Published on 06/11/18
Our GCSE and A Level students enjoyed the culture and history of Berlin. Read Mila's (Year 11) and Harry's (Year 13) experience of the trip below.
After an early start, having landed in Berlin, we were excited to see the Fernsehturm or Television Tower which had been constructed by the government of the German Democratic Republic and the Molecule Man sculpture on the river Spree, which many of us recognised from our history textbooks. Our tour guide also pointed out the three sections of the Berlin Wall still standing.
After a chance to buy some German food in the Berlin Hauptbahnhof station, we were onto the S-Bahn on our way to the Olympiastadion which was built for the 1936 Olympic games as a propaganda tool, despite the great success of African American athlete Jesse Owens. We were stunned by the sheer size of the stadium, inspired by Ancient Greek architecture with its columns and amphitheatre, especially when entering and seeing the extensive number of seats. We then saw the historic edifice of the German Bundestag or Reichstag building and learnt about its dedication ’to the German people’ in 1916 and it being the seat of the parliament of the Weimar Republic from 1919 to 1933. The ambiguous 1933 fire gave Nazis pretext to suspend rights provided by the Weimar constitution increase police action throughout Germany spreading fear of a communist uprising, eventually resulting in the Enabling Act. We learnt how the building underwent further damaged by air raids as it was a central target for the Red Army during the Battle of Berlin, due to its symbolic significance.
Walking through the autumnal German streets we were all trying to grasp that these were the sites where so many important events took place. We visited the Soviet War memorial in Tiergarten and walked through the Brandenburg gate which had been the border between West and East Berlin for many years. We visited the Memorial to the Murdered Jews of Europe and we saw the site.
After a journey through the former East region of Berlin, we were guided around the Sachsenhausen concentration camp, a deeply sobering experience, as we were able to gain an insight into the horrors that took place there and the 30,000 victims of the Nazi regime who lost their lives at Sachsenhausen. It was a chance to reflect on the implications of what we had learnt in class and empathise with specific people from the masses affected. Being in groups allowed us to discuss our experiences and impressions, helping us to process what we had heard. It is, today, a very peaceful site. We then visited the Wannsee Conference House (now a museum) and learnt in depth about the meeting that took place there to agree the ‘Final Solution.’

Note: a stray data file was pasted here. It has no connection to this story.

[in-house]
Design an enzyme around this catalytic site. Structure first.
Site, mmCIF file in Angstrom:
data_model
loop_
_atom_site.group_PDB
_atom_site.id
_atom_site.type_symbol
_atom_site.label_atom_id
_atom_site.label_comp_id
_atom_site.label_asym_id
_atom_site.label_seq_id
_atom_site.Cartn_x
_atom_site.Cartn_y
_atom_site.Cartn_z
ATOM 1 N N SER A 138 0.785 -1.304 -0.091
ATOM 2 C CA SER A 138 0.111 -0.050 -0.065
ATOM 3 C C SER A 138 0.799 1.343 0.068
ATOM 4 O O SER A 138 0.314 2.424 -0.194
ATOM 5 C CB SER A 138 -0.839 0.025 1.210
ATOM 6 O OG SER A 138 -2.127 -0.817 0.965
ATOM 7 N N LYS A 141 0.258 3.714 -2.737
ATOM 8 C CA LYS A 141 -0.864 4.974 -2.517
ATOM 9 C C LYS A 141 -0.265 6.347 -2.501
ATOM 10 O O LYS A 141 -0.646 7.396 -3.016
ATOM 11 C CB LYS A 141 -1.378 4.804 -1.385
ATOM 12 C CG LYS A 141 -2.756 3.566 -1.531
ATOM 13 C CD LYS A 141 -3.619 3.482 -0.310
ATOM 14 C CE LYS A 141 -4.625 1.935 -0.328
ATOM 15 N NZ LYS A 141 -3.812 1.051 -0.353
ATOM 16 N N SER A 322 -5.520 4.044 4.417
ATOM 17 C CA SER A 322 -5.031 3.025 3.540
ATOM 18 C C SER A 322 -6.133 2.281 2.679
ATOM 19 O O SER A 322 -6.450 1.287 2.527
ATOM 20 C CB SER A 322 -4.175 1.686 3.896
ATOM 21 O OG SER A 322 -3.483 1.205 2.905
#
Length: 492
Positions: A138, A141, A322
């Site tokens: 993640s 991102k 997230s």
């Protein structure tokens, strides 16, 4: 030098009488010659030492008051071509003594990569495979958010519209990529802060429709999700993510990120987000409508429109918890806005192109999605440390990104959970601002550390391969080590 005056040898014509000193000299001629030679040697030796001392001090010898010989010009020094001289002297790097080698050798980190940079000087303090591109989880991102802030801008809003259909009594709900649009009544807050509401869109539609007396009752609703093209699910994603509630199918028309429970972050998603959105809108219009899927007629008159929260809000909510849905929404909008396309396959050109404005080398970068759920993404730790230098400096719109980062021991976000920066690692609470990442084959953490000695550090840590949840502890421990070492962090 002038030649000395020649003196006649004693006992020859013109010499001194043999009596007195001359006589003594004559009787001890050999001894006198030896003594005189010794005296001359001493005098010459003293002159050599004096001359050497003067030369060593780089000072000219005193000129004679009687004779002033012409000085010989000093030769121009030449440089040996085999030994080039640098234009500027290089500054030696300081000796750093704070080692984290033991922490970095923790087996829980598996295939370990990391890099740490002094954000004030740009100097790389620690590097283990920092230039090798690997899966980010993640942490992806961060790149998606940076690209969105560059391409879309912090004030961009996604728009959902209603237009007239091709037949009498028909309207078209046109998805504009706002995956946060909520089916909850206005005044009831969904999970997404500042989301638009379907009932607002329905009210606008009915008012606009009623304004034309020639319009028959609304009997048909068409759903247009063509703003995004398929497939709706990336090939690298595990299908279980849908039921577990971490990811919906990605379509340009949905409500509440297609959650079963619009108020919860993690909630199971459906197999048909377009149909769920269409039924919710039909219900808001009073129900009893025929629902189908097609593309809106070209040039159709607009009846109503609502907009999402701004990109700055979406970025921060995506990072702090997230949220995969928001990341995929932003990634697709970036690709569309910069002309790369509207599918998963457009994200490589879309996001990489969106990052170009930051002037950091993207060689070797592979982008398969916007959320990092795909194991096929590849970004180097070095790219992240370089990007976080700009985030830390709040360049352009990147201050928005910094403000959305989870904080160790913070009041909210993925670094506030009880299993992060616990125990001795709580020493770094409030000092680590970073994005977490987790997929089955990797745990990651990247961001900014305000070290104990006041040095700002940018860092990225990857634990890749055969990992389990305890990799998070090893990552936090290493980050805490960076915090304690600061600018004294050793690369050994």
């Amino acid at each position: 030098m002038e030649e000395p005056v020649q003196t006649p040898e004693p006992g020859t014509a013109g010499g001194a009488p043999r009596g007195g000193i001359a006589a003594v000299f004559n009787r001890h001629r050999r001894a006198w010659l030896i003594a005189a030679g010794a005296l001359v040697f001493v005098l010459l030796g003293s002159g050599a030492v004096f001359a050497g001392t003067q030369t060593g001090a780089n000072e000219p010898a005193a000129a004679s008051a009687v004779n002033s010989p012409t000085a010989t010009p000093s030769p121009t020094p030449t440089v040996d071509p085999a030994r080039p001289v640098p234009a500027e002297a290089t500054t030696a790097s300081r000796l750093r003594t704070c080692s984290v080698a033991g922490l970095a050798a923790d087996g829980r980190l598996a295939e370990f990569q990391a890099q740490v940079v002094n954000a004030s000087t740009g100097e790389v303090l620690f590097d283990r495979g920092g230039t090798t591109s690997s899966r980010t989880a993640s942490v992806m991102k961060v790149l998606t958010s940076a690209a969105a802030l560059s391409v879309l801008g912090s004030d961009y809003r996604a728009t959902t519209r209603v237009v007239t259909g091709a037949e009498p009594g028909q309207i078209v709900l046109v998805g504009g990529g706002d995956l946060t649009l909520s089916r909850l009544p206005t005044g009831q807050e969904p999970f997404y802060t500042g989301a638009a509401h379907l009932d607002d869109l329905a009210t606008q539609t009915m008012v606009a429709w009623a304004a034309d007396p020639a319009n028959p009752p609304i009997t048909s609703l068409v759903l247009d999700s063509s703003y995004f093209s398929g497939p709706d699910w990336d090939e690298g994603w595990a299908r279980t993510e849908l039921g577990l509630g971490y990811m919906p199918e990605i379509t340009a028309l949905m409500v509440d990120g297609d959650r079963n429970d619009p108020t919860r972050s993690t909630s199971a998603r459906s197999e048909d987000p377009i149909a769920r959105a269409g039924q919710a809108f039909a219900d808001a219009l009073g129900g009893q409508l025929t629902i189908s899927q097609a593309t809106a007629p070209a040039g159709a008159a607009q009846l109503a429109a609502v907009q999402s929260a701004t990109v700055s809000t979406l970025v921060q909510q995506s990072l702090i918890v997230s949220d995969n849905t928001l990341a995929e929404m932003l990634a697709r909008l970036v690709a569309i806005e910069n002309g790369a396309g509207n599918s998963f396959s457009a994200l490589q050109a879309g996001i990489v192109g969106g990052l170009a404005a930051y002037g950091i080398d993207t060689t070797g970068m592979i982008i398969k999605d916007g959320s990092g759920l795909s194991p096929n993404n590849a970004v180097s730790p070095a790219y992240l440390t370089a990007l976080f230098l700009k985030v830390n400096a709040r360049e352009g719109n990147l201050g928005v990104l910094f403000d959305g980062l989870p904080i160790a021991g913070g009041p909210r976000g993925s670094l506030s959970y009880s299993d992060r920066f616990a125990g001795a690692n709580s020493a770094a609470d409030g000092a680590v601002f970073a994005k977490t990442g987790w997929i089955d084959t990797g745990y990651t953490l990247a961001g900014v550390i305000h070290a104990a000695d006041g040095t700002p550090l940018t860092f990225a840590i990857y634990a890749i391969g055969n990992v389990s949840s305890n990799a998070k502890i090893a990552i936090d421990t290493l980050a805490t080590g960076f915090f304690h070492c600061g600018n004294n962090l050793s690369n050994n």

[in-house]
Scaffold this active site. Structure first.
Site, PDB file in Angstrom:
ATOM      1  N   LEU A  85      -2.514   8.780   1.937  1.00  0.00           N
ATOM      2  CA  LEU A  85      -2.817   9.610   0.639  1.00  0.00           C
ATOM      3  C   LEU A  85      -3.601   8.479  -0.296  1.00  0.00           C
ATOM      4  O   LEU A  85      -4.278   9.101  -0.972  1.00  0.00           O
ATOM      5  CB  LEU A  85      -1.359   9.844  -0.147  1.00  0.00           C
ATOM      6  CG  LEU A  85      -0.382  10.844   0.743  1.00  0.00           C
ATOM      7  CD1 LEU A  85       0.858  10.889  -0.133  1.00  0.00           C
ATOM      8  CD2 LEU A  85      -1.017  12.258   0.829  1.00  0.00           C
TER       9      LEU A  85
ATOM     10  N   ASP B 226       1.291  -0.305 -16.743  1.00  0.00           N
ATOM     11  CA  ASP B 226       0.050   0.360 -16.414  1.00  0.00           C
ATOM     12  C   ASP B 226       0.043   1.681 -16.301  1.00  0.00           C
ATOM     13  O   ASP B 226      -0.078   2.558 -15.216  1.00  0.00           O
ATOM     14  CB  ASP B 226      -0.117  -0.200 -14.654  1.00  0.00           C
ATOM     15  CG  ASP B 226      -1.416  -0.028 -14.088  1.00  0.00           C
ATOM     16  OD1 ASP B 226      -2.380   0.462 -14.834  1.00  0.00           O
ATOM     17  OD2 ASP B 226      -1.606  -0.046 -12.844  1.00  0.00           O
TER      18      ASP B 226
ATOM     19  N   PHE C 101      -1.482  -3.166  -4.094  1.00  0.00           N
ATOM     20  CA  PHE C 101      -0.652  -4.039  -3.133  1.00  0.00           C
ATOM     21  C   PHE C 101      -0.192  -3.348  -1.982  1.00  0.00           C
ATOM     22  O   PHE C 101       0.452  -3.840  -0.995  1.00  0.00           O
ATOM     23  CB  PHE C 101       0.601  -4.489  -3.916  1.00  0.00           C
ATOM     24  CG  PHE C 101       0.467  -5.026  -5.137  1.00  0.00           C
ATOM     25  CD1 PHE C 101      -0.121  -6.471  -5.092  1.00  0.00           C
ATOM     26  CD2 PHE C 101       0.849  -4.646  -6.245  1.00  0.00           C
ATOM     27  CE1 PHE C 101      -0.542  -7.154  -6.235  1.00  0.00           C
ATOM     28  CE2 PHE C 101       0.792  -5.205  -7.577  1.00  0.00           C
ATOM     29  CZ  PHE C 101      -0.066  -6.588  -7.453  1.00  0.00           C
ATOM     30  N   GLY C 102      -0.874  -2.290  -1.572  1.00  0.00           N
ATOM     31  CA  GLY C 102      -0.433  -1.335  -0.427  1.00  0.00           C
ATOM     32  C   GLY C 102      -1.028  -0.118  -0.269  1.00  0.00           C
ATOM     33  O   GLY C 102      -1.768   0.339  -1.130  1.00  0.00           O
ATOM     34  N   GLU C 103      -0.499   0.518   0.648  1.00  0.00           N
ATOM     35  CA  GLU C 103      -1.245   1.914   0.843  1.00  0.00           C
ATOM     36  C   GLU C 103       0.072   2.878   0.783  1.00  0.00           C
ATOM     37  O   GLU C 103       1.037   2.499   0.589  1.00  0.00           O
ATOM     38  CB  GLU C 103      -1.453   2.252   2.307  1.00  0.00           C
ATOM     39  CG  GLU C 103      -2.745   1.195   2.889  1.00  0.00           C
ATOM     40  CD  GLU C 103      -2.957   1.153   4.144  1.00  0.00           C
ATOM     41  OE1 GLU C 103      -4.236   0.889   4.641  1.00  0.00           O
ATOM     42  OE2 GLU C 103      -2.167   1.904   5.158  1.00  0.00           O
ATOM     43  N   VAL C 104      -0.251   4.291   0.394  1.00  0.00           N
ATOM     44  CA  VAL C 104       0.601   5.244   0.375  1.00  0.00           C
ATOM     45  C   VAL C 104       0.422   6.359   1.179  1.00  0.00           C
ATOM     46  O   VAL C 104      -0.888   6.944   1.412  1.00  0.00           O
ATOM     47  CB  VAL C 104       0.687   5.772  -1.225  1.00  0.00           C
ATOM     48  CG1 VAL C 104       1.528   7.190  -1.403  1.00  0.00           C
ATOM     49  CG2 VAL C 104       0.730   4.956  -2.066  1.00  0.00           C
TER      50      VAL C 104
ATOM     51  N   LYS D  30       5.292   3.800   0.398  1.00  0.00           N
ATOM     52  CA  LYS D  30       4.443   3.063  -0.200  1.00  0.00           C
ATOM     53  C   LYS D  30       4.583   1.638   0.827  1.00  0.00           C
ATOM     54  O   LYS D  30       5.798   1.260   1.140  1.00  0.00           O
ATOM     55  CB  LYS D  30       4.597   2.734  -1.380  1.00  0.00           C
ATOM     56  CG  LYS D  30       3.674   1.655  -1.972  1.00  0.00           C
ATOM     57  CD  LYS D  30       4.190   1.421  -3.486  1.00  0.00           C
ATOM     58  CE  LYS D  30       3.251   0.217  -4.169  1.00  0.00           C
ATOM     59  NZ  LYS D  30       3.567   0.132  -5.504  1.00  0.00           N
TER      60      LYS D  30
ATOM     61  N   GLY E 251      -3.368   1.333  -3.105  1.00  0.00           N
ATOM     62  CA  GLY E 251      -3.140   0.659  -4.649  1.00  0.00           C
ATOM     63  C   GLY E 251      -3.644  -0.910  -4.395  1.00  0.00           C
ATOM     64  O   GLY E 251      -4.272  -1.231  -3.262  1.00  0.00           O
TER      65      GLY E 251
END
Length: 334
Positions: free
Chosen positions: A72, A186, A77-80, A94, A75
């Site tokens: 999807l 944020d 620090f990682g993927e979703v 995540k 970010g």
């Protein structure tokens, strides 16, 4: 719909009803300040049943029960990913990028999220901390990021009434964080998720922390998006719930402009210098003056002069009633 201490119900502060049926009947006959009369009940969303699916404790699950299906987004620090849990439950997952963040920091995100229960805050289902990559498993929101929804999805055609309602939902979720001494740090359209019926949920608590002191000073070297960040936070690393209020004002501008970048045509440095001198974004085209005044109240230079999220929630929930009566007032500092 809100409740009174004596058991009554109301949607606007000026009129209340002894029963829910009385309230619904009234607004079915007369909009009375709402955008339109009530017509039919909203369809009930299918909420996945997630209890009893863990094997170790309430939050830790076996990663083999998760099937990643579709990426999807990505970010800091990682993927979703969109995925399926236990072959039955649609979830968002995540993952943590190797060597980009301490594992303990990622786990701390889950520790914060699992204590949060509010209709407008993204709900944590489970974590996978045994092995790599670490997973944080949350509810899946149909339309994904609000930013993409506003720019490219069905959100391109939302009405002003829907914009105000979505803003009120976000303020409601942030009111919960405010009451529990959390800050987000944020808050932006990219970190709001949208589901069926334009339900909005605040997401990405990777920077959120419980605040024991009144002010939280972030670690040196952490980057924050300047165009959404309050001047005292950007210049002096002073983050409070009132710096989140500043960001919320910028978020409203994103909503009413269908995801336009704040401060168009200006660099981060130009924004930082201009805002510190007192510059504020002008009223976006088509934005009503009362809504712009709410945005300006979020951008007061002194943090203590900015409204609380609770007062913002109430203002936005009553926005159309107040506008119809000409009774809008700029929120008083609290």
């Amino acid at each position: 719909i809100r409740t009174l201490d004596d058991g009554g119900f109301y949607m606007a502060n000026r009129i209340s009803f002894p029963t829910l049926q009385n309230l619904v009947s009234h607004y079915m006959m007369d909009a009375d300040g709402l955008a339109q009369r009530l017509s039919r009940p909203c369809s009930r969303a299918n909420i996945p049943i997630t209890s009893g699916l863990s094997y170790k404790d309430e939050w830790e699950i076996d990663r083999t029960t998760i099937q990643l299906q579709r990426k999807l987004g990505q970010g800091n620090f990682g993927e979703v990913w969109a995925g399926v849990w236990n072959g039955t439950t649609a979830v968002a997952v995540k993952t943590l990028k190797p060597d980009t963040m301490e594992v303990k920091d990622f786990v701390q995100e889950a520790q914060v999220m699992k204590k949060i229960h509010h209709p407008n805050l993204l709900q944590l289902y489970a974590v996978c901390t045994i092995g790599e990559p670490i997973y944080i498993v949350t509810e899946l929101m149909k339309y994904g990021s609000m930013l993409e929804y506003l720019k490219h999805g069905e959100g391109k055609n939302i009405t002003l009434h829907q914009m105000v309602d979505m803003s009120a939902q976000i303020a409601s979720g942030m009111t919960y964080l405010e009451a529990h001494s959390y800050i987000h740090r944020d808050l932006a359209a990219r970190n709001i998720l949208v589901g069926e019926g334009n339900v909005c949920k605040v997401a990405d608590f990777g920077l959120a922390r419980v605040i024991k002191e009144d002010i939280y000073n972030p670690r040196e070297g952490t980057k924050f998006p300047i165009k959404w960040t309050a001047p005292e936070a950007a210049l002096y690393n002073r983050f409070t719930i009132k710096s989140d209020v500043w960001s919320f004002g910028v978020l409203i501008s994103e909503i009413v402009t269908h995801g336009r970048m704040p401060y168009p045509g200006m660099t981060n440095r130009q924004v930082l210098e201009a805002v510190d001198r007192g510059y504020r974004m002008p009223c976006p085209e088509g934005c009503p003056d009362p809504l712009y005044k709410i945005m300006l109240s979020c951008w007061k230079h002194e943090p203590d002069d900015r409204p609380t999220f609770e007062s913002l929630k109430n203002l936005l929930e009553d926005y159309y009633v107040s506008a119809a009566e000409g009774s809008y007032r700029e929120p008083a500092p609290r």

We then travelled back to the centre of Berlin to the Topography of Terror exhibition, located where the offices of the principal instruments of Nazi repression once stood. Later, we were fortunate enough to be able to visit the glass dome on the top of the Bundestag building, now a symbol of transparency to the German people. The architecture on the inside was remarkable and the view over the city was beautiful in the darkness.
On the final day, we visited the Jewish Museum. The building had a distinct zigzag formation with a metal façade, angled walls, and bare concrete “voids”. We saw the 'res·o·nant exhibition' filled with light and sound and mainly composed of empty spaces. It was a very powerful and of the kind many of us had not yet experienced. We learnt that the architect Daniel Libeskind aimed to design a museum building that would recount German-Jewish history. The building allowed for many different interpretations, one being the feeling of insecurity that the spaces evoke - this is a physical connection to history. The voids address the physical emptiness that resulted from the destruction of Jewish life. The Garden of Exile gave a spatial experience that conveyed unsteadiness and disorientation with its slanted grounds, it aimed to show the disorientation felt by people forced out of Germany. One of the most powerful experiences was the Holocaust Tower. The only daylight visible was through a narrow slit in the concrete, noises were muffled by the walls, a ladder could be seen on one of the walls but far too high up to reach. We then travelled to a The Stasi Prison, Hohenschönhausen where we learnt about Stasi in East Germany and methods and purpose of interrogation. On our way back to the hostel we able to do some well deserved souvenir shopping.
Both GCSE and A Level Historians greatly enjoyed the culturally and historically enriching experience of visiting Berlin. Thanks must go to Mrs Sefton, Miss Chow and Mrs Paris and in particular to Mrs Stanley who organised and led the trip.
By Mila R & Harry R
For upcoming events and trips, take a look at our school calendar.